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On October 2, 1992, a riot broke out at the Sao Paolo House of Detention in Carandiru, Brazil. By the end of that day, 111 prisoners lay dead, the victims of the riot police who stormed the facility and brutally massacred them - even after they'd surrendered their weapons.
Perhaps the most striking aspect about Carandiru is that it doesn't hit us over the head with its subject matter - at least not initially, that is. For roughly the first two-thirds of its nearly two-and-a-half-hour running time, the film focuses on the lives and struggles of the prisoners, as seen through the eyes of the compassionate doctor whose book on the subject served as the basis for the film. Without passing moral judgment, Dr. Drauzio Varella, who has been sent there mainly to help stem the spread of AIDS in the facility,
listens sympathetically to the stories the men tell regarding the crimes they committed (mainly murder) which led to their incarceration (these we see acted out in numerous flashback sequences). Although the prison is tremendously overcrowded and drug use and disease run rampant through the corridors, the conditions don't appear to be quite as harsh or hellish as we might have expected them to be before seeing the movie. For one thing, the men seem to be treated rather decently by the guards - who seem to exist in surprisingly small numbers, actually - and the prisoners appear to have more freedom to walk around and interact with one another than we are used to seeing in American prisons (or, at least, in movies about American prisons). In fact, so much time is spent exploring the relationship problems between the men in their prisons and their loved ones on the outside that Carandiru often feels more like a "novela" set behind bars than a gritty depiction of life in a human hellhole.
But all that changes in the last half hour of the film after the riot has begun and we see the prisoners gunned down in cold blood, many of them while cowering in their cells. It is a brutal and terrifying display of raw, inhuman savagery, one that far surpasses anything we have seen perpetrated by the prisoners themselves. However, writer/director Hector Babenco (along with co-authors Fernando Bonassi and Victor Navas) does not attempt to sanctify or glorify the convicts either, for much of what they do to their fellow human beings is not too many moral steps removed from what the riot squad members eventually do to them. Although the filmmakers' sympathies clearly lie with the prisoners, who are at least presented to us as flawed, three-dimensional human beings, he is not afraid to show the evil side of these men when he needs to as well. The acts of violence that the prisoners perpetrate on their victims and each other are conveyed by the filmmaker with a dispassionate efficiency and awe-inspiring swiftness that are indeed chilling.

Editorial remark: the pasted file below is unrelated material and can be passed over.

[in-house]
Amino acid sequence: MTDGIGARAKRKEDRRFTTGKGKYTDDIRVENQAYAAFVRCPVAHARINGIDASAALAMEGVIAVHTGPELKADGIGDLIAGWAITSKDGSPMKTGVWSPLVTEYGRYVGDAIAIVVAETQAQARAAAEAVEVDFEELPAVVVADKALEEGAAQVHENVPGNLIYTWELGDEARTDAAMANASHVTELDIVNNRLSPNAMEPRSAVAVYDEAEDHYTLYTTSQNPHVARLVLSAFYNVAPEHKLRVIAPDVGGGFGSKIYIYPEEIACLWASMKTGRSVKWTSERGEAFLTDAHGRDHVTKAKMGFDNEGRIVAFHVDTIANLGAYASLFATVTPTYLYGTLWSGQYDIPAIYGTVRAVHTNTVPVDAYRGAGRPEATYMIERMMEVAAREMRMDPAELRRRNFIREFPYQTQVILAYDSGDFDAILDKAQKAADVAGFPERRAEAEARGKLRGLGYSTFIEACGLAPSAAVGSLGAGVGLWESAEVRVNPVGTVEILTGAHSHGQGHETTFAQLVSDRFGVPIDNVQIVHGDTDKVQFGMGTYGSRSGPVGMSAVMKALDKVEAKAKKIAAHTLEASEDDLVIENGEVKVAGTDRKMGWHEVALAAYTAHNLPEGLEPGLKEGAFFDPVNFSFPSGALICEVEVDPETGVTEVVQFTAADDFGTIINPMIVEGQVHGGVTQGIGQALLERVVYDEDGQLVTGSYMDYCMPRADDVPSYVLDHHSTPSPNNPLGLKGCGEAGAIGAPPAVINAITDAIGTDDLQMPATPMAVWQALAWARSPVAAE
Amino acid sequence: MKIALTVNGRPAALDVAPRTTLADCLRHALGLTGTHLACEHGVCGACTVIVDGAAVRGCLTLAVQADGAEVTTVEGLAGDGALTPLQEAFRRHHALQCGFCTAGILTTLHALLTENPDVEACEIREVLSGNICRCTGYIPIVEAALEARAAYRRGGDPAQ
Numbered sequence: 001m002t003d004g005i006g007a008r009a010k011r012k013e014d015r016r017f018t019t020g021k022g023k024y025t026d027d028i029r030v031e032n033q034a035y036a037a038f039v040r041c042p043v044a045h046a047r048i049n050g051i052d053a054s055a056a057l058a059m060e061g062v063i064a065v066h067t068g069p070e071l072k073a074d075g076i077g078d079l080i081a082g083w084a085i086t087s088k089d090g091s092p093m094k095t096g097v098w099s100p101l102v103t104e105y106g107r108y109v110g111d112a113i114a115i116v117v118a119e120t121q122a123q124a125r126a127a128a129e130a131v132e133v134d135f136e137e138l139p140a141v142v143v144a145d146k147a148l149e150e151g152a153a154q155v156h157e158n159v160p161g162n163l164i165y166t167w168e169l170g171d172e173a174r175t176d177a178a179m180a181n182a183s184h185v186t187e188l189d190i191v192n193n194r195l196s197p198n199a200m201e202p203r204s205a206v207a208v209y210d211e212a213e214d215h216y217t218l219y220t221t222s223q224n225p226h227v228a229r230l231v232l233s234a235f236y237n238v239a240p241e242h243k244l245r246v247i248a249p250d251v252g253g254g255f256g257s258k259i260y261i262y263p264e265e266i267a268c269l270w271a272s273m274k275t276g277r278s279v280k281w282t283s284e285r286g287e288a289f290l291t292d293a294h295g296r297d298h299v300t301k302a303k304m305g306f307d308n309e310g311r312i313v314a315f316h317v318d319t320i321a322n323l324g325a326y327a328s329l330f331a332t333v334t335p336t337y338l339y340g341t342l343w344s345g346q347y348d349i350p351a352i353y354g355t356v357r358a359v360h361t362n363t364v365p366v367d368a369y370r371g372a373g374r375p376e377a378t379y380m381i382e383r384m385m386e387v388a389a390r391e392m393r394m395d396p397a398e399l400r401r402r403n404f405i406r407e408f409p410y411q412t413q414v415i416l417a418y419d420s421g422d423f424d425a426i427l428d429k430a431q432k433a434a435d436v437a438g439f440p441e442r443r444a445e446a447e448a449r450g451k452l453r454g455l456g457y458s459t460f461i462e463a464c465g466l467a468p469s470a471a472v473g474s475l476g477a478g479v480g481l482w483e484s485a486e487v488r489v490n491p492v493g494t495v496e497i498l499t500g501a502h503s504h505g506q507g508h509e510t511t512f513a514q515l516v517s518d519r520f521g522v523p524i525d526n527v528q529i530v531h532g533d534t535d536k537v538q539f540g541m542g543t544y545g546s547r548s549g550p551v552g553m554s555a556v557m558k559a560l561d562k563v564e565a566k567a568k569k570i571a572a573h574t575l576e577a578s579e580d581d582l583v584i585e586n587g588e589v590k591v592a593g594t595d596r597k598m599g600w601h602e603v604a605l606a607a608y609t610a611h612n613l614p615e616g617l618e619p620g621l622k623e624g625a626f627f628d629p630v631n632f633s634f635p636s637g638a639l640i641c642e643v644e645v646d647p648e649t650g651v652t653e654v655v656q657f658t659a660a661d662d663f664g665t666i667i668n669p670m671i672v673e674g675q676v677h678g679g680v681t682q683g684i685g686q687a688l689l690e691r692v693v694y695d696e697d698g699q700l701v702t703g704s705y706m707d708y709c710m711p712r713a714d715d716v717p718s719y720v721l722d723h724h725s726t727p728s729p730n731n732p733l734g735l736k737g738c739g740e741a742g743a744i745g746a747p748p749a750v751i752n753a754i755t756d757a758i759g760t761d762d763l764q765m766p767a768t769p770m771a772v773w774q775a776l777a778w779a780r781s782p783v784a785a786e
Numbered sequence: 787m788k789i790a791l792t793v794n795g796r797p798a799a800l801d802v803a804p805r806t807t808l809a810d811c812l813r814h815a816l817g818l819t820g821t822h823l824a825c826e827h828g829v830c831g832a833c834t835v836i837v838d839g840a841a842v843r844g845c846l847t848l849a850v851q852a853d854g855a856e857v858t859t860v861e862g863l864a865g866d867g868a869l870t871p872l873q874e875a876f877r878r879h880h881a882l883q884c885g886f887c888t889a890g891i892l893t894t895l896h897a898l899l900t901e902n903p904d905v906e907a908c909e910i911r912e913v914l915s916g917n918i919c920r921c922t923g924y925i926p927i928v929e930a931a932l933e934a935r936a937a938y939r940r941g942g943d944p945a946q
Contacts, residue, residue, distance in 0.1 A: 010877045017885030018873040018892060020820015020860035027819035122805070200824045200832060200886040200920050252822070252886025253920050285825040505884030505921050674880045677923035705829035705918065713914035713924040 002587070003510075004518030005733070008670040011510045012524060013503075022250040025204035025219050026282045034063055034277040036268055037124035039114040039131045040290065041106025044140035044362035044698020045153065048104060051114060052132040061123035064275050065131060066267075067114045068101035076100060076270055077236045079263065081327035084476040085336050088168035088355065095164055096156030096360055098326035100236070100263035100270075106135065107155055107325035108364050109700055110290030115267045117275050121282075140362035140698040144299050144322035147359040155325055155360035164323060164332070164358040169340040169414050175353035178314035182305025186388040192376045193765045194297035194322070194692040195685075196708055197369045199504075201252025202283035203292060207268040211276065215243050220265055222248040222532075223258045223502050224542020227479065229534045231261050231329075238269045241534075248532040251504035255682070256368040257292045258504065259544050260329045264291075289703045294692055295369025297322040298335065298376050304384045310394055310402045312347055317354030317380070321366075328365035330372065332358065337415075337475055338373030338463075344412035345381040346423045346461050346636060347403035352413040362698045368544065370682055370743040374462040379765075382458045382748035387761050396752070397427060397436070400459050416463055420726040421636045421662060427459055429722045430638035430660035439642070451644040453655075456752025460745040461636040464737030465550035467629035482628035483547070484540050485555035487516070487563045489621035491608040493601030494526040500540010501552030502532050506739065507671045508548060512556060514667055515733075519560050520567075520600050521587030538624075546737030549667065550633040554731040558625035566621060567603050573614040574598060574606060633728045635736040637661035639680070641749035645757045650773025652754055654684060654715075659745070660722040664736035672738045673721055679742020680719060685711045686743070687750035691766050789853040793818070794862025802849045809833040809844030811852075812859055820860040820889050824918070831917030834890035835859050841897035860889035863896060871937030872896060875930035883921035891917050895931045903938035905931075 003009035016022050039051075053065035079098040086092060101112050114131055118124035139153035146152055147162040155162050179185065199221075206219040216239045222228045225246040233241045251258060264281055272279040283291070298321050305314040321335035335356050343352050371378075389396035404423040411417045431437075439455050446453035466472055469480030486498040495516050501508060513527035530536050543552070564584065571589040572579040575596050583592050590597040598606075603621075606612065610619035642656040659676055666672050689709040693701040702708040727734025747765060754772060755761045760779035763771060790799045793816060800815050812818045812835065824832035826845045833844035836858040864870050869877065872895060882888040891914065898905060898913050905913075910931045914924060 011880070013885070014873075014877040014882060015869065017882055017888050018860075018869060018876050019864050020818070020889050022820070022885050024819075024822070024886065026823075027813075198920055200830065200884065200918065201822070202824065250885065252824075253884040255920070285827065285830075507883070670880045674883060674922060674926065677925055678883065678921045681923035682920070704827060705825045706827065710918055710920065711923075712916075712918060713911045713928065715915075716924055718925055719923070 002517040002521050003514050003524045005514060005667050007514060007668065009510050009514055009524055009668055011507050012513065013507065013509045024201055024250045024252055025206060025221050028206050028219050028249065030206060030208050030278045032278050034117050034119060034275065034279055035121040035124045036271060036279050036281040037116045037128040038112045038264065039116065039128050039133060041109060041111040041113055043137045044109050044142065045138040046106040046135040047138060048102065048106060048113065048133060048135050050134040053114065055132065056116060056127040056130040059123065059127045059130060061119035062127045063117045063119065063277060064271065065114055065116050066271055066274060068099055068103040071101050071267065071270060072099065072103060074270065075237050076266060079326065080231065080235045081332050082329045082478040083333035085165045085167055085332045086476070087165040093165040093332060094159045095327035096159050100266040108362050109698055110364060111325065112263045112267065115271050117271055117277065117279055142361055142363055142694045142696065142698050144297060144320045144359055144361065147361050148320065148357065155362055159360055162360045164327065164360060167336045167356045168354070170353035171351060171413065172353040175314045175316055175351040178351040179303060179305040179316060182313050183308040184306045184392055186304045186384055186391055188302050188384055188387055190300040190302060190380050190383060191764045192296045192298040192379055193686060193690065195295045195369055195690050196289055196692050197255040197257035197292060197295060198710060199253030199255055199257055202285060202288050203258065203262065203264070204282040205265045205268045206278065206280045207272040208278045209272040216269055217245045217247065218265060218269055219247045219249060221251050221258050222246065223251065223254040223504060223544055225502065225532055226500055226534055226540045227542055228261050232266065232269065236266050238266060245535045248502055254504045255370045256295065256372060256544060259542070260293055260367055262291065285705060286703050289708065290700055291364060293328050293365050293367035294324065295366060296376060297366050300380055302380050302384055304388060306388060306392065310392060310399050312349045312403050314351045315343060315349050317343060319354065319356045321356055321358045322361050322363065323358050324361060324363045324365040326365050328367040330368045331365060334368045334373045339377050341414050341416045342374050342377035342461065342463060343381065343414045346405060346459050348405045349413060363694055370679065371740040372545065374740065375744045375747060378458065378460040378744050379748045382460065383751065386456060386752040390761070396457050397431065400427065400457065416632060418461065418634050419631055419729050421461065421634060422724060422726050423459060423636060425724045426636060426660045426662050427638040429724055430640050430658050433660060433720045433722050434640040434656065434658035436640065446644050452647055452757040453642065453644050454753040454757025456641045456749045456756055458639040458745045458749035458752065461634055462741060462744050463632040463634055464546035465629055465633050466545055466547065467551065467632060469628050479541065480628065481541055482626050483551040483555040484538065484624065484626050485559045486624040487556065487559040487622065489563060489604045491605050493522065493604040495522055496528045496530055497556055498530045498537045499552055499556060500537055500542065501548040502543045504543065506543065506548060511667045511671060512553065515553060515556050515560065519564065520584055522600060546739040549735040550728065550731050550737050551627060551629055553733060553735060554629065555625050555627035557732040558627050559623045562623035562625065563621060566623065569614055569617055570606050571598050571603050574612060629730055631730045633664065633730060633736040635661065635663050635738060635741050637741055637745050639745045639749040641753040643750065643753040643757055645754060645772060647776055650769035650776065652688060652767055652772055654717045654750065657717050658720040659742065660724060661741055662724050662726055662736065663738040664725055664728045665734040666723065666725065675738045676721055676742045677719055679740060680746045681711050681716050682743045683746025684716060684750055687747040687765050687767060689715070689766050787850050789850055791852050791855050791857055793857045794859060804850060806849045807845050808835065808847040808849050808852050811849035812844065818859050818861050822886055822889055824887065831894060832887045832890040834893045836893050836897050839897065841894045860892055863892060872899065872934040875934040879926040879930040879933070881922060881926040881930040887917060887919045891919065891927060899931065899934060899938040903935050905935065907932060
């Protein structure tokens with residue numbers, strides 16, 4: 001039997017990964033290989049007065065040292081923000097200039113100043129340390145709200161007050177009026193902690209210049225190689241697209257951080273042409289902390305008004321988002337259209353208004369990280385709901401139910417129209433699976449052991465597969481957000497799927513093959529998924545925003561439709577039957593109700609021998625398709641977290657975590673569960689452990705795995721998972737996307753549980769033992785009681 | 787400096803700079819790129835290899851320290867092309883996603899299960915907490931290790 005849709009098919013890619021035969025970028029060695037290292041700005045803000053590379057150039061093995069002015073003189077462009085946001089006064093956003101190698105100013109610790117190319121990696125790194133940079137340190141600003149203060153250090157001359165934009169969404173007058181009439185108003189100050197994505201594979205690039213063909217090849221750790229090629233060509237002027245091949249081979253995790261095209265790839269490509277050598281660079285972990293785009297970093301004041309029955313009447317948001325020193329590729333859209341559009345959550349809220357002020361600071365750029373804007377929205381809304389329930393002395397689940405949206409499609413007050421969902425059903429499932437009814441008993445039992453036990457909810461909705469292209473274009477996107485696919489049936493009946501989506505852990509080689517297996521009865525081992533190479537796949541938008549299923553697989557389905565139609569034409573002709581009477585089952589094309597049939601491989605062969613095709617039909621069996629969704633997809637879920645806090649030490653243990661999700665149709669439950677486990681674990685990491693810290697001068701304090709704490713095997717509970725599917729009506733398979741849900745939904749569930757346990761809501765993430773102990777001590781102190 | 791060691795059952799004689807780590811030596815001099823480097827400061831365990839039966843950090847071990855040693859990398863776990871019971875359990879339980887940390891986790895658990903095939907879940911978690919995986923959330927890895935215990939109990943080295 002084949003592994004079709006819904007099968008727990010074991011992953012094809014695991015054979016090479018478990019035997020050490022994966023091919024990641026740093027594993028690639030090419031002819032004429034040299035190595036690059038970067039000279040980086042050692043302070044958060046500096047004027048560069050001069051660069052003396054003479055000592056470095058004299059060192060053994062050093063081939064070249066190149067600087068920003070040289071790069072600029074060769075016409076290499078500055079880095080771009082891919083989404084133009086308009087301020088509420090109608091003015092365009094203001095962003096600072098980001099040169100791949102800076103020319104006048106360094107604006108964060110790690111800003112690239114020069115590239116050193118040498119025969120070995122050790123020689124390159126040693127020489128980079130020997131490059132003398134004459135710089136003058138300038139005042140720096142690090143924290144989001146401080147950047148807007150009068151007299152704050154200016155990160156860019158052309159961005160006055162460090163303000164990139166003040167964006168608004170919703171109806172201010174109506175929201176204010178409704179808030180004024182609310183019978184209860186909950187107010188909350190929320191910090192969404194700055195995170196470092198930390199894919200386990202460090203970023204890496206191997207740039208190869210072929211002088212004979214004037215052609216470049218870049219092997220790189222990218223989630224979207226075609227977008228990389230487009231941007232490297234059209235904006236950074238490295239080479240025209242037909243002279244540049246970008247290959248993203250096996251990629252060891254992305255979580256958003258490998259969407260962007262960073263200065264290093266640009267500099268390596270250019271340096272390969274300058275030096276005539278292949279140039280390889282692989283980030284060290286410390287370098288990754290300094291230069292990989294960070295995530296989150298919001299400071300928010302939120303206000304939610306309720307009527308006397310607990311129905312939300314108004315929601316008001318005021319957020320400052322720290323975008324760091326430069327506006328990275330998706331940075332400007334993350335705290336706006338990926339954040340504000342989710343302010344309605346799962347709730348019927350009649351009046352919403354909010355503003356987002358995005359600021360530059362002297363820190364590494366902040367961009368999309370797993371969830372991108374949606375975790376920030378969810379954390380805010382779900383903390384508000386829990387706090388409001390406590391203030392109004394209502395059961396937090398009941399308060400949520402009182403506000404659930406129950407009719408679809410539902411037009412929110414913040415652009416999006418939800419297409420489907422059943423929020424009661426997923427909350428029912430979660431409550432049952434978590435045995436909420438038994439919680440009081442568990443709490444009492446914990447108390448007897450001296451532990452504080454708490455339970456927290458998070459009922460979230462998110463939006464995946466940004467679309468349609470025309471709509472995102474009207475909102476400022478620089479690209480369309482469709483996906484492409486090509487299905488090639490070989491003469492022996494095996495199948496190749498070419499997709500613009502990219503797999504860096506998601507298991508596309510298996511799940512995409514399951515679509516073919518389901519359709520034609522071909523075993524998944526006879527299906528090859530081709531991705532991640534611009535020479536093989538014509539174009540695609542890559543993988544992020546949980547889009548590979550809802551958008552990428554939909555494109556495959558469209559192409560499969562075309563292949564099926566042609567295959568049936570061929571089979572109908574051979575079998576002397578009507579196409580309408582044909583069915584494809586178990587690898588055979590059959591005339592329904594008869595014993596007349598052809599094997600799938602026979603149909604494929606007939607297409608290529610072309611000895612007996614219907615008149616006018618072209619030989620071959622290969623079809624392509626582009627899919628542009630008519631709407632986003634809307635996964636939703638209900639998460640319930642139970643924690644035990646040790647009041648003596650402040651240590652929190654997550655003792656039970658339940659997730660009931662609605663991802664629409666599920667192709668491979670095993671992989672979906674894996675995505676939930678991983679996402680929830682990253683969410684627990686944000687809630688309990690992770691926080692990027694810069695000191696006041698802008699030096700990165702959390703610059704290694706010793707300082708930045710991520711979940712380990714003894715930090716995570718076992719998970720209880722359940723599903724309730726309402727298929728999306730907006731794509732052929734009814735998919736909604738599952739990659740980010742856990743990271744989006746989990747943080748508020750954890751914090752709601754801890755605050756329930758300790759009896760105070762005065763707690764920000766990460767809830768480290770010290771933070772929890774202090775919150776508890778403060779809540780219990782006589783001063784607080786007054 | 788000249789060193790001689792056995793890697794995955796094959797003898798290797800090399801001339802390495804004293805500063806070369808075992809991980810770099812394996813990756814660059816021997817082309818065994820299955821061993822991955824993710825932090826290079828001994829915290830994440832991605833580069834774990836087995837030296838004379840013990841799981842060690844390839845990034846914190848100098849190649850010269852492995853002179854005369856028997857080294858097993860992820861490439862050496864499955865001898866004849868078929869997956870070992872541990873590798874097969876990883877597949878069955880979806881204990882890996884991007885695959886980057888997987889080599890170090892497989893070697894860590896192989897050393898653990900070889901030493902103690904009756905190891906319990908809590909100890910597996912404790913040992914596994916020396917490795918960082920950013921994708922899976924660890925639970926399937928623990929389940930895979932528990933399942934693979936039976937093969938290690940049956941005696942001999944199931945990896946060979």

As a drama, Carandiru could have benefited from a bit of tightening in its earlier stretches, for the film feels a trifle unfocused and meandering at times. Still, by concentrating so intently on the everyday minutiae of these men's lives in prison, Babenco certainly helps the characters to become more real for the viewer, thereby intensifying the sense of loss when the tragedy occurs.
Blessed with a large and gifted cast, Carandiru offers a long, sometimes touching, sometimes painful look into a world and an event that would otherwise have remained hidden from the eyes of the world.